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Bat Habits

by Izzy Halloran

[originally published 12/6/19]


It’s 12:30 am on a Thursday morning in J-house. A resident comes running down the hall, panicked, sweaty, that specific look in their eyes one only gets after they’ve seen something they shouldn’t have. They manage to spit out a few words, such as-- “bats!” , “there’s one in my room!”, and “help me!”. I grab my hammer out of my craft drawer and we head across the hall. After standing in the doorway and begging Mr. Bat to leave for a good ten minutes, he soars out. We hurry back to our respective rooms and slam our heavy doors. But there still stands one pressing problem...I have to pee. Perhaps it’s the excitement of the night, or my new-found commitment to drinking more water, but there is no way of dancing this one off. Ila tells me to be brave, but she will not be accompanying me on the treacherous hike to the bathroom. She tells me she loves me and sends me off, shutting the door behind me. And so I go. All is well until halfway through my pee, when I see the shadow under the bathroom door; it’s a bat! I pee quicker than I ever have before, peek out of the stall quietly, then make a run for it. I don’t even bother washing my hands.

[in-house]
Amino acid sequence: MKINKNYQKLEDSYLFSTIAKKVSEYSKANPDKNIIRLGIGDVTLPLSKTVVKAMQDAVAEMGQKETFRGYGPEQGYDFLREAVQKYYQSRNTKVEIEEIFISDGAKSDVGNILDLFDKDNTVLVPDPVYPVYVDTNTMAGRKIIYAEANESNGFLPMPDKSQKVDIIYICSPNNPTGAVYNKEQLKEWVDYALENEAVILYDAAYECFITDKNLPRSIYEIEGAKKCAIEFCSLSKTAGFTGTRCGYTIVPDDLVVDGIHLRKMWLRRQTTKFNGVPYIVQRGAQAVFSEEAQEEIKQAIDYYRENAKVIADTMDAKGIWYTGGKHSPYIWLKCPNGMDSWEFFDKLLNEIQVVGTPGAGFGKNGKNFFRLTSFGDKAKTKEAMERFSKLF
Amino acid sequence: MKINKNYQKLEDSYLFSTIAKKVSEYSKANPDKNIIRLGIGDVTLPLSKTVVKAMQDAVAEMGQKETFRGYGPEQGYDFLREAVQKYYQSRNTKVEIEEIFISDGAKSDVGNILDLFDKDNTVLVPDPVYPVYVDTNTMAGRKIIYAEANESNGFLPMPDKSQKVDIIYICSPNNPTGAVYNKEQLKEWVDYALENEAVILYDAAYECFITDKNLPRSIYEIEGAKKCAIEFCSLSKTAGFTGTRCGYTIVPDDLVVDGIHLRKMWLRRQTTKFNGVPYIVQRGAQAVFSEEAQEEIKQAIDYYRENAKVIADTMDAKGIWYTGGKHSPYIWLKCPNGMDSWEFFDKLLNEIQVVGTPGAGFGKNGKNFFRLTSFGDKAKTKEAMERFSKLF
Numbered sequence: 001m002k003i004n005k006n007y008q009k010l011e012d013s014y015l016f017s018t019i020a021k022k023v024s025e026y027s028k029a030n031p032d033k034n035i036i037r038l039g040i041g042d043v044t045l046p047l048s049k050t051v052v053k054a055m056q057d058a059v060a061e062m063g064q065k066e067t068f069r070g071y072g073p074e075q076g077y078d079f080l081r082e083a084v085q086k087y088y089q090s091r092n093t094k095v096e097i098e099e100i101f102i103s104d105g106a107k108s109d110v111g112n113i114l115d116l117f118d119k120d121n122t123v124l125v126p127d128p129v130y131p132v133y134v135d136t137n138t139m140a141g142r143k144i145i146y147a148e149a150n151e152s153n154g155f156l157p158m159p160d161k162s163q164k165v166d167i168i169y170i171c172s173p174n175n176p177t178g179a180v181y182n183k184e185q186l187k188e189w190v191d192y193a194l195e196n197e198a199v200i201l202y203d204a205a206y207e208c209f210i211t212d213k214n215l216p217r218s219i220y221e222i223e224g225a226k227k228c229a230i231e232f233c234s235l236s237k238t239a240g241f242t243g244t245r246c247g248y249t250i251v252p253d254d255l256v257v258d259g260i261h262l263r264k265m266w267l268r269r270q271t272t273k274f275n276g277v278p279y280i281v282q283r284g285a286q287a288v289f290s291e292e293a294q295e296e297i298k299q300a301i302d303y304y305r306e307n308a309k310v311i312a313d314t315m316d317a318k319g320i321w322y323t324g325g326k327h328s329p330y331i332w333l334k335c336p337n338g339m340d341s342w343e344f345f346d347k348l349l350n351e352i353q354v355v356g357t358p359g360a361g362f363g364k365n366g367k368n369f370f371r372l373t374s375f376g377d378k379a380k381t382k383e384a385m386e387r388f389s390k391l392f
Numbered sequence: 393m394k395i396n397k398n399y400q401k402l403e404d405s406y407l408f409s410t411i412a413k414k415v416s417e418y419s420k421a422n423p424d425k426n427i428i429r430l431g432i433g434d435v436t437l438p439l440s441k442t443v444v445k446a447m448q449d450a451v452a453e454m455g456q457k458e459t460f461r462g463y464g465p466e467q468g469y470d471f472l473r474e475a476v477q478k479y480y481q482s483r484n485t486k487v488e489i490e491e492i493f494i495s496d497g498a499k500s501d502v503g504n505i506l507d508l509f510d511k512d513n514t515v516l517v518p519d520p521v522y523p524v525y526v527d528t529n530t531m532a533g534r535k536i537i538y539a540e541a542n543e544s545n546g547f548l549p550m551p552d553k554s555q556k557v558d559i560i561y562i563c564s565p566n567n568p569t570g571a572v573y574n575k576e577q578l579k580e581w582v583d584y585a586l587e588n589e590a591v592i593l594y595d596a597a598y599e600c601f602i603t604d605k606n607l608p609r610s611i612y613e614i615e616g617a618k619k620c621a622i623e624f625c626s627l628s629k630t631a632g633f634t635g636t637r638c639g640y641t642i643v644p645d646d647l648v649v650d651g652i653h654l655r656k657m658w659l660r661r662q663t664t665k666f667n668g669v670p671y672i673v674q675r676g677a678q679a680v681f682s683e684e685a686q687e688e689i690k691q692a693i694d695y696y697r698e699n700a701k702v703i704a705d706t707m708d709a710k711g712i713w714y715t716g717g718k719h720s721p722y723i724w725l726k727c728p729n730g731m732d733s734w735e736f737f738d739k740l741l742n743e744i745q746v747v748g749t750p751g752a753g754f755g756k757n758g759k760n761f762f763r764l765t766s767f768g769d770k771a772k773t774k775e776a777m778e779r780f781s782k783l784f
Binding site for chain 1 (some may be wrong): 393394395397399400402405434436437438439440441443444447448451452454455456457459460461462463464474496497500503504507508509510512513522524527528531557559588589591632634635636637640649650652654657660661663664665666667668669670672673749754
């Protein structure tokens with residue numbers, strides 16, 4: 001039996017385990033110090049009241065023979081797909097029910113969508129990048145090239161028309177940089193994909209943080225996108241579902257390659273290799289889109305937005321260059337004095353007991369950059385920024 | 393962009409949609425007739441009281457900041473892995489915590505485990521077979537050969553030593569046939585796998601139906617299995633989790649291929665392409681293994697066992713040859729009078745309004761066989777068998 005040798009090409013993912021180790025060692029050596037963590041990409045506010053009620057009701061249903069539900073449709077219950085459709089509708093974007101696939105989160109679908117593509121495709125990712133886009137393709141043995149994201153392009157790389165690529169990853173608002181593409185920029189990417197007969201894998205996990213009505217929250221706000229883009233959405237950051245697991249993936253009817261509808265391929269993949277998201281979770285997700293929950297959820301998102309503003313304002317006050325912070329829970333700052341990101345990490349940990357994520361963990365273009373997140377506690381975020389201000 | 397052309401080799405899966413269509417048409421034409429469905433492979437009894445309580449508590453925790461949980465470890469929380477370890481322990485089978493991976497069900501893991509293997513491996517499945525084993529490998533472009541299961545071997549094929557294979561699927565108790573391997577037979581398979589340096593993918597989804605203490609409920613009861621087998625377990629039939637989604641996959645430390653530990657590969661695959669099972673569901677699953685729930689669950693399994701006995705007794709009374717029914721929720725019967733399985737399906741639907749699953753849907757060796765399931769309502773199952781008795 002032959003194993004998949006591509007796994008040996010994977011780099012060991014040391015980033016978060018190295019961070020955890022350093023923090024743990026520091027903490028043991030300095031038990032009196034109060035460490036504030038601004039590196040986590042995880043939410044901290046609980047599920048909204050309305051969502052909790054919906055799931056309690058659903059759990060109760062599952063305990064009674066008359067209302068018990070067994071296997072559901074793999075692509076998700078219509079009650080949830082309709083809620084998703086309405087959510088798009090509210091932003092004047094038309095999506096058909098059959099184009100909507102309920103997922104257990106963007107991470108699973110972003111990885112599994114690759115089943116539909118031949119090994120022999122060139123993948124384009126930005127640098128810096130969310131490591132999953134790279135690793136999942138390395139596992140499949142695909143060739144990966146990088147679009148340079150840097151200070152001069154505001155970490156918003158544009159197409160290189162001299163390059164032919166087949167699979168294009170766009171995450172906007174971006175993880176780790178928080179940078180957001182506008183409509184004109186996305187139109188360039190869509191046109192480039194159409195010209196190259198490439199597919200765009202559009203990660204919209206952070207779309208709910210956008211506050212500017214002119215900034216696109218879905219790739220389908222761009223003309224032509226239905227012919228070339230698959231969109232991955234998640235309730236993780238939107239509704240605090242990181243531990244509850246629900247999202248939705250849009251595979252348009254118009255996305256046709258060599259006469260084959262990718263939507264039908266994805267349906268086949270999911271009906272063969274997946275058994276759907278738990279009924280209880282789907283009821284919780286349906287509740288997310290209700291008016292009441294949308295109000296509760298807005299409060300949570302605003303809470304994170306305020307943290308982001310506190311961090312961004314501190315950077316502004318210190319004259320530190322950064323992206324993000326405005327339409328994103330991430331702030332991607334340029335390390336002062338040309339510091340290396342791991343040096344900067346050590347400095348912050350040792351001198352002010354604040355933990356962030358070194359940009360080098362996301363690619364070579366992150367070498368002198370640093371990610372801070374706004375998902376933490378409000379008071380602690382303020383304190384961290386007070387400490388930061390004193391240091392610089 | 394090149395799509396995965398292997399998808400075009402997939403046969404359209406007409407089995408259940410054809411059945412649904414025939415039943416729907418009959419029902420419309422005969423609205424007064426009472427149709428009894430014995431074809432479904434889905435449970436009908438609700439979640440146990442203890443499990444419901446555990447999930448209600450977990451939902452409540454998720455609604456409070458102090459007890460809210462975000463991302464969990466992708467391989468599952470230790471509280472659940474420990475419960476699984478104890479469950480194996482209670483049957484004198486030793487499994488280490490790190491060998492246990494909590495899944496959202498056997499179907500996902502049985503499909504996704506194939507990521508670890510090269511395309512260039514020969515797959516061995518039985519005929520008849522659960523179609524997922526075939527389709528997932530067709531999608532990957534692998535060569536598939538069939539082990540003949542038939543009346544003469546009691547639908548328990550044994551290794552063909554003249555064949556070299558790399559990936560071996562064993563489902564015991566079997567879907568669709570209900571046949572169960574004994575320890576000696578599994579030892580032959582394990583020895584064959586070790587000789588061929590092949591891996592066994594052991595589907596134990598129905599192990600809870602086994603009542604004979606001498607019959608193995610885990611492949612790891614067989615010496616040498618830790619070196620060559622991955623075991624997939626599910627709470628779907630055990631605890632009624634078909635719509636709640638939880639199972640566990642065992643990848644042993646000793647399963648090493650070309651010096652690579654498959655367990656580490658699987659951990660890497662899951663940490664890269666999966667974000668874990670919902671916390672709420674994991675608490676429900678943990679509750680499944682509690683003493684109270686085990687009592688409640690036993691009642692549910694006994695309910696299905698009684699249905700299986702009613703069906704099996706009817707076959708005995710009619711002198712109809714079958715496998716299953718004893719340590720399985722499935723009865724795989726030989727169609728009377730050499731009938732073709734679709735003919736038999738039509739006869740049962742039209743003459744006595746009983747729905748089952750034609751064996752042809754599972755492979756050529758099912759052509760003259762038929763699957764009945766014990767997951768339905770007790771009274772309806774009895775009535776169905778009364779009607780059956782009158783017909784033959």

It seems that the worst is over until one fateful night, weeks later. Natasha Colman, a wonderful J-house resident, is getting a good night’s sleep in her well-decorated third floor room. The first bat arrives promptly around 1:30 am, interrupting Natasha’s impeccable sleep schedule.

“I woke up to a freaking bat”, Natasha recalled to me later, shuddering at the memory. “And when you wake up to a bat, you may have been bitten in your sleep. So now I have to get my rabies shots...because they think I could have rabies.” So every Monday for the next month, Natasha took the journey to Mercy Hospital to receive her weekly rabies shot. She kept her instagram followers up-to-date on her rabid status, changing her bio each time she received another shot to indicate she was growing less rabid. “You never think it’s gonna happen to you until you wake up one day and you might have contracted rabies…” Natasha tells me. Thankfully, she has now completed all four of her rabies vaccines, and has received a letter of apology from the school for the bat outbreak.

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